Apple pulls book-selling iOS app in China due to government-banned titlesJust days after Apple Chief Executive Tim Cook apologized to customers in China over warranty issues, his company has continued its efforts to placate the country's government by pulling a book-selling iOS application.
The App Store software was removed because it provided access to 10 titles that are banned in the country, according to the Financial Times. Among the books are three works by Chinese political activist Wang Lixiong.
One of the books was reportedly about what the author sees as the future collapse of the Chinese government. Another title dealt with the future of China's policies in Tibet.
Another book by Wang gives details on when he was detained by Chinese state security officers. While it was pulled in China, the online bookstore application remains available in other App Stores outside of the country. The name of the bookstore application was not revealed in Thursday's report.
Cook issued his apology in China earlier this week, saying that his company did not wish to seem full of "arrogance" by not addressing concerns. Those alleged warranty issues were drummed up by China's state-sponsored media, which ran a series of stories criticizing Apple in what many outsiders viewed as a coordinated attack.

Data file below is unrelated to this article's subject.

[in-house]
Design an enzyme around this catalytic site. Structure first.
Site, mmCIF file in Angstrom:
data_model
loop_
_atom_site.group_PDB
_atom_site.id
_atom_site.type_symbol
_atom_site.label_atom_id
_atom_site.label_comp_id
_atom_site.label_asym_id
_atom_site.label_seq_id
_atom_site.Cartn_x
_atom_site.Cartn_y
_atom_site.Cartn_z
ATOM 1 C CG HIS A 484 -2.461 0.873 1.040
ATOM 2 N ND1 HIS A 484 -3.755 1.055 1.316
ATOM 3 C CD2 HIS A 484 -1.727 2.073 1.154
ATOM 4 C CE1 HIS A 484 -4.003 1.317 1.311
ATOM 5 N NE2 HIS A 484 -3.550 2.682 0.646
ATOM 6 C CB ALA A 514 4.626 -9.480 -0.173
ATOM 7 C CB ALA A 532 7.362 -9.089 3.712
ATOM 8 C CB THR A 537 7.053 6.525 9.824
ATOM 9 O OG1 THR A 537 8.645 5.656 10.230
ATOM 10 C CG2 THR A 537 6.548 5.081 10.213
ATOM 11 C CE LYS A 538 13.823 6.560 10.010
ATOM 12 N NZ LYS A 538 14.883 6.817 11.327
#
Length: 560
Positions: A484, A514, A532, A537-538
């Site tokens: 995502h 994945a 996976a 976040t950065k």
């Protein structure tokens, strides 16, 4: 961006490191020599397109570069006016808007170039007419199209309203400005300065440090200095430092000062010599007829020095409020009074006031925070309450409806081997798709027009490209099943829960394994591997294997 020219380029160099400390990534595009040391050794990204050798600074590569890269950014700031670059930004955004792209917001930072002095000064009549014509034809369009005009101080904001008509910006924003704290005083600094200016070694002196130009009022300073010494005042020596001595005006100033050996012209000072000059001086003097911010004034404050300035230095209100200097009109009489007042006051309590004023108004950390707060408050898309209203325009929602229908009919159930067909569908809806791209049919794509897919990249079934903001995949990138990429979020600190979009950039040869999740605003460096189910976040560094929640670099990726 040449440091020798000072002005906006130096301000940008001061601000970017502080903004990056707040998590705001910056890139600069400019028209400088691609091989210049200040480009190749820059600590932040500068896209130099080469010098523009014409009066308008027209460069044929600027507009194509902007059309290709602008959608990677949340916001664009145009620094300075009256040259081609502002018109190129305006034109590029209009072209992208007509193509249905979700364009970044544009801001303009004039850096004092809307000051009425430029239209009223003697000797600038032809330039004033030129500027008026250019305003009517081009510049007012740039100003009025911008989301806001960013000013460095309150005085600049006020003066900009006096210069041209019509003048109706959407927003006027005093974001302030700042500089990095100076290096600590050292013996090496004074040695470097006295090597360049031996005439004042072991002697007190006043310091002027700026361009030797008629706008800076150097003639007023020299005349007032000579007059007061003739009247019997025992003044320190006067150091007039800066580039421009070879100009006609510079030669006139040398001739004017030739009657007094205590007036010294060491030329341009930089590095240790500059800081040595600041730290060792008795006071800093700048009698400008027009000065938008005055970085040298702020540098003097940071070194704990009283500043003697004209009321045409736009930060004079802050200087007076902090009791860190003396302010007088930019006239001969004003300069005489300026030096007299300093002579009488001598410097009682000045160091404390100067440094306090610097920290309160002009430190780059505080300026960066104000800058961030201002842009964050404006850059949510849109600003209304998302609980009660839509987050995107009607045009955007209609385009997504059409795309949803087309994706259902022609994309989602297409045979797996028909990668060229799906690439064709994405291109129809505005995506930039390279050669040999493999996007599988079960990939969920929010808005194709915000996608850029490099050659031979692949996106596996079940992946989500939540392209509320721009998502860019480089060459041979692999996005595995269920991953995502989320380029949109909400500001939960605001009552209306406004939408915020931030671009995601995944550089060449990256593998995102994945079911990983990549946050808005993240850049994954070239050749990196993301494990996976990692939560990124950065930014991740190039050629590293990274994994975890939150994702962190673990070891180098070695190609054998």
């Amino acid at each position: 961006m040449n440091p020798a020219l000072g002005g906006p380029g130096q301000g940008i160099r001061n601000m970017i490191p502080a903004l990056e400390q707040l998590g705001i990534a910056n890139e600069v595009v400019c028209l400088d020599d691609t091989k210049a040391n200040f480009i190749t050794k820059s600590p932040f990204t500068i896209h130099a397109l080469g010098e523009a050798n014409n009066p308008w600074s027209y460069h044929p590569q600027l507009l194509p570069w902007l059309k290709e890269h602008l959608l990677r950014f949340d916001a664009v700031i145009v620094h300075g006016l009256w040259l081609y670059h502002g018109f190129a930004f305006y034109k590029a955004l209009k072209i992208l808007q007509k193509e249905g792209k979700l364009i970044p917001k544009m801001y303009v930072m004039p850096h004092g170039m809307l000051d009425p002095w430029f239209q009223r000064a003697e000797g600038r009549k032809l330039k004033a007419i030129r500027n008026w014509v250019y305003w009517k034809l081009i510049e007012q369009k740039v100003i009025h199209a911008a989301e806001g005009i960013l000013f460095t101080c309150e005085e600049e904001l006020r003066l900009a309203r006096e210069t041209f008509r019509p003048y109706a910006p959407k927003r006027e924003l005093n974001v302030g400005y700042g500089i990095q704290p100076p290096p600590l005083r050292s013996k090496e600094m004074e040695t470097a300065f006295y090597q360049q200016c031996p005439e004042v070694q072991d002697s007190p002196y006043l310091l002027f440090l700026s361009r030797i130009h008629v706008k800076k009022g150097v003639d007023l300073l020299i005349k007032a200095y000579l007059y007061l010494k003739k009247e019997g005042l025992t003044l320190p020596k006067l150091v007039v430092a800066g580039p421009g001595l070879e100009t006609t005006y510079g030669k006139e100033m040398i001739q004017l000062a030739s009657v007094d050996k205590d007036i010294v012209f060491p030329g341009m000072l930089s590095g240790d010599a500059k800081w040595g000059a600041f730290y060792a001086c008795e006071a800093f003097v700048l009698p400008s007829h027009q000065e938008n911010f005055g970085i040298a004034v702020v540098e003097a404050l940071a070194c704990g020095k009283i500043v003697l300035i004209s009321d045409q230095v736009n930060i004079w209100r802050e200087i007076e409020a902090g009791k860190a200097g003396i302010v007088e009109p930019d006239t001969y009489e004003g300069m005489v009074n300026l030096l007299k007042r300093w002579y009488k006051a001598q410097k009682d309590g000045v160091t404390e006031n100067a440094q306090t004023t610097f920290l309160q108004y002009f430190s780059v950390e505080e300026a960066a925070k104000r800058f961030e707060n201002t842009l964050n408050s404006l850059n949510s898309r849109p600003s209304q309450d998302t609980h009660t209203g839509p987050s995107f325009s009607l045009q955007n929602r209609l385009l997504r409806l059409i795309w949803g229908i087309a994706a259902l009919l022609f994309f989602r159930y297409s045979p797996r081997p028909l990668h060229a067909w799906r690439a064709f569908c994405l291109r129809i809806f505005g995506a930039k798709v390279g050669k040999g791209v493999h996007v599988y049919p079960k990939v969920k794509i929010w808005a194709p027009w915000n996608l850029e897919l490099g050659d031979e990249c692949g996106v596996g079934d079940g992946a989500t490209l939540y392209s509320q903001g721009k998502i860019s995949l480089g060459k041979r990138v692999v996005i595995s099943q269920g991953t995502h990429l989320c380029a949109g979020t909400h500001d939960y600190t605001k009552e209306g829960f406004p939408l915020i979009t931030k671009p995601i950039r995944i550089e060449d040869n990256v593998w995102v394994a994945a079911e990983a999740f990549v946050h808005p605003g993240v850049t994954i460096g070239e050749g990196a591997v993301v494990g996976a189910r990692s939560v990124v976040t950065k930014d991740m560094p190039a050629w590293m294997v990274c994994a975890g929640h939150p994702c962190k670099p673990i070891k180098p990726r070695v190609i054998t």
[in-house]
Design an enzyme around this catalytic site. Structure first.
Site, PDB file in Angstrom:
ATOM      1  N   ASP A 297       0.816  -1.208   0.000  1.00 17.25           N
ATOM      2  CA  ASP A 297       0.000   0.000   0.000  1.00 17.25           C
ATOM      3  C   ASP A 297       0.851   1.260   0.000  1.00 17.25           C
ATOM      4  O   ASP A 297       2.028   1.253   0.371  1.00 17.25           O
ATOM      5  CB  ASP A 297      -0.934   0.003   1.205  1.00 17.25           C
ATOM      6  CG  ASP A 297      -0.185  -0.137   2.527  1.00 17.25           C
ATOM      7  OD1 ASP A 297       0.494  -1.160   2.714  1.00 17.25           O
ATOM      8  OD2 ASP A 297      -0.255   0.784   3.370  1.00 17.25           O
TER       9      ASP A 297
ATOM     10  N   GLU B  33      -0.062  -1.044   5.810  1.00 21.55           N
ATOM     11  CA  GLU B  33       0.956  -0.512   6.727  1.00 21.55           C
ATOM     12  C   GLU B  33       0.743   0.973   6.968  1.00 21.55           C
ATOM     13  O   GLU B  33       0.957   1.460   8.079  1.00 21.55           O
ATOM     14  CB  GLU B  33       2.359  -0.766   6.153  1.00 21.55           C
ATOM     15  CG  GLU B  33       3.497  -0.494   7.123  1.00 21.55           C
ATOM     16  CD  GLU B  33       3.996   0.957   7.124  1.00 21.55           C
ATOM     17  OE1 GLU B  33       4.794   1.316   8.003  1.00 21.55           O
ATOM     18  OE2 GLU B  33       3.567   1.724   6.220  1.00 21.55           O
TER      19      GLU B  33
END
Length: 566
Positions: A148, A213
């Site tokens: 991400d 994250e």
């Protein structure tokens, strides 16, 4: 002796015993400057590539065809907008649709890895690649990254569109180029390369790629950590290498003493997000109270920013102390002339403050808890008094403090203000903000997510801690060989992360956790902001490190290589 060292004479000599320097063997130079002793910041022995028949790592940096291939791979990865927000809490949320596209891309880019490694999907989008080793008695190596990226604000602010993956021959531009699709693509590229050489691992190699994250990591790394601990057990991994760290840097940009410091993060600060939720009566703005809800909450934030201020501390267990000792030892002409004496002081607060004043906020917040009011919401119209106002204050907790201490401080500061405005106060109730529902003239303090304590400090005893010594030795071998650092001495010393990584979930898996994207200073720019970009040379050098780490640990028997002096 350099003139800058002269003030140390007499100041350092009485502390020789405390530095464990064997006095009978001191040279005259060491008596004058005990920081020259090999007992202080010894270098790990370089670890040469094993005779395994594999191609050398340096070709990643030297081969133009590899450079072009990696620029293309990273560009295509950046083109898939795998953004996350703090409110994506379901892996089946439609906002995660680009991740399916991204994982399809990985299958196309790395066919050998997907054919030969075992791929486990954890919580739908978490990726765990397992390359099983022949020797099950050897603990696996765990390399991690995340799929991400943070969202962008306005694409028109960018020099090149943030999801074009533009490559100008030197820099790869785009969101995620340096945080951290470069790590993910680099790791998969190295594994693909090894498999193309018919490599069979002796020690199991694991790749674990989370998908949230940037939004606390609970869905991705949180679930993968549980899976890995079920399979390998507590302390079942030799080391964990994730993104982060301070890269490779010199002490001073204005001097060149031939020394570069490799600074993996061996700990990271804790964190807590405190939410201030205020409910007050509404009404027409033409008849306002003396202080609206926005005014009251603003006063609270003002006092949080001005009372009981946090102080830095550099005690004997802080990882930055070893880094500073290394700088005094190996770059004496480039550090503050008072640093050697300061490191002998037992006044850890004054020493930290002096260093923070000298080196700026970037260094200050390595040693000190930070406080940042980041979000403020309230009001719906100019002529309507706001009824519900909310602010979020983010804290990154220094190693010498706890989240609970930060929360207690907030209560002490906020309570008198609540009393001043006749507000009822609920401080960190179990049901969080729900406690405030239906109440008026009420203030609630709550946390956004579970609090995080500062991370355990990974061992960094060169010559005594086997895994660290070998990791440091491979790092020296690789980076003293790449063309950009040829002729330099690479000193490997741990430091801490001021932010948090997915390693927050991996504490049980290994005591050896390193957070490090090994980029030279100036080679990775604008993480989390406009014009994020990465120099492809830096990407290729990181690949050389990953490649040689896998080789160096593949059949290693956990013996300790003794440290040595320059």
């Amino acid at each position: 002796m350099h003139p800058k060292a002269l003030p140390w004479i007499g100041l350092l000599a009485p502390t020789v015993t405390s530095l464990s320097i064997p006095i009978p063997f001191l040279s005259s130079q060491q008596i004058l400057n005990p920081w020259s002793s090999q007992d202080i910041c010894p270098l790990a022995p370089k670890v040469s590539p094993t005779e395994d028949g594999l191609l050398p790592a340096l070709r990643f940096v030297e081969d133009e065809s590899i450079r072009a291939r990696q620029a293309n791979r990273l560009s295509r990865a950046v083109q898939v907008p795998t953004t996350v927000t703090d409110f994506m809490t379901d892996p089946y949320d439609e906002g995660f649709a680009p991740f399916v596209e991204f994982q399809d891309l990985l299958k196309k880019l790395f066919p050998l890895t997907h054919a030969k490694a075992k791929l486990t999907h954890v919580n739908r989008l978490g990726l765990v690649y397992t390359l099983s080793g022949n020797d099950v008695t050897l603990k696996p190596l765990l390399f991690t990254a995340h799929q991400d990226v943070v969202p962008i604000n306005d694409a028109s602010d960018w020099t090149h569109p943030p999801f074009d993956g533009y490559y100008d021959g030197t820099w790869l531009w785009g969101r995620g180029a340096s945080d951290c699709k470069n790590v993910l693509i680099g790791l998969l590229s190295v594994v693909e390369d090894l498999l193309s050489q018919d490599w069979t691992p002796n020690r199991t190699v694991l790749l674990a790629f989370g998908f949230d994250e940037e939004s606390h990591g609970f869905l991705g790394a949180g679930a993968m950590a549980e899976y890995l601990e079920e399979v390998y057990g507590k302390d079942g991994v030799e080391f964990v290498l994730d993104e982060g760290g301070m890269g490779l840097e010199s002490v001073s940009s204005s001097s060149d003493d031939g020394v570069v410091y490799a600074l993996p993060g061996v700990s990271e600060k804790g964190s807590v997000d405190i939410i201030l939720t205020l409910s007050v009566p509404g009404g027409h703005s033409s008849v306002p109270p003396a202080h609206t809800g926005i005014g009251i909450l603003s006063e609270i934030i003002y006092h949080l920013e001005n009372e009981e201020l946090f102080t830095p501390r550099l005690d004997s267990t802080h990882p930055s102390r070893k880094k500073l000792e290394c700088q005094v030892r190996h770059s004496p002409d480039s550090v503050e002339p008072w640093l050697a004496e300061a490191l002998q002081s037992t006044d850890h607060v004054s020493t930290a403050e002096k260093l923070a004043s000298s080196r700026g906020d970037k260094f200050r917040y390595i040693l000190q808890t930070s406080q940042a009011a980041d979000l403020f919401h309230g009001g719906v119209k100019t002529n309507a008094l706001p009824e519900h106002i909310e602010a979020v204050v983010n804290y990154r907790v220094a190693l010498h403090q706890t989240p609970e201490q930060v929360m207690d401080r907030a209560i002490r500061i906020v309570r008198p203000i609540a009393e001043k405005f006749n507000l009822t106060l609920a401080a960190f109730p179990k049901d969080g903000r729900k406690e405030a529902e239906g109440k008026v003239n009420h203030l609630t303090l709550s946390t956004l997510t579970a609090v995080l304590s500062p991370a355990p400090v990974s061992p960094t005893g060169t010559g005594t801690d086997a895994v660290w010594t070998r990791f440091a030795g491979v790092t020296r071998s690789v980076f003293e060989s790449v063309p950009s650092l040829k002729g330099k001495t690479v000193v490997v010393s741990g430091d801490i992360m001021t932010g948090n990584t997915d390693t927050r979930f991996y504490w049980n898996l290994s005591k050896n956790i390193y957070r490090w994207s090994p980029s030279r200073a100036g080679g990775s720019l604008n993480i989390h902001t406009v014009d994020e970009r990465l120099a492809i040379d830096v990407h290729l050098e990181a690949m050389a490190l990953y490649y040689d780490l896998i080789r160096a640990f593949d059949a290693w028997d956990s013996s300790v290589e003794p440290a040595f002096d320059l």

China's state-sponsored media is well known for targeting foreign companies, so much so that it has become known as a "rite of passage" for international corporations. Previous targets of the Chinese media include Yum! Brands Inc. and Volkswagen AG.
Apple specifically was under fire from the media for failing to replace the back covers of iPhone 4 and iPhone 4S units after repairing the electronics inside. Under the changes announced this week, Apple will now provide customers with full iPhone 4 and iPhone 4S replacements, and will reset the hardware's warranty to one year in the event that it is replaced.
On Topic: App Store
- Apple, Google & Amazon settle with Italian government over 'misleading' free apps with in-app purchases
- Microsoft Outlook debuts as free download for iPhone, iPad
- Google Play downloads are growing, but Apple's App Store commands 70% of revenue
- Roundup: The best ways to stave off cabin fever with your iPhone or iPad
- Apple closing independent TestFlight service at the end of February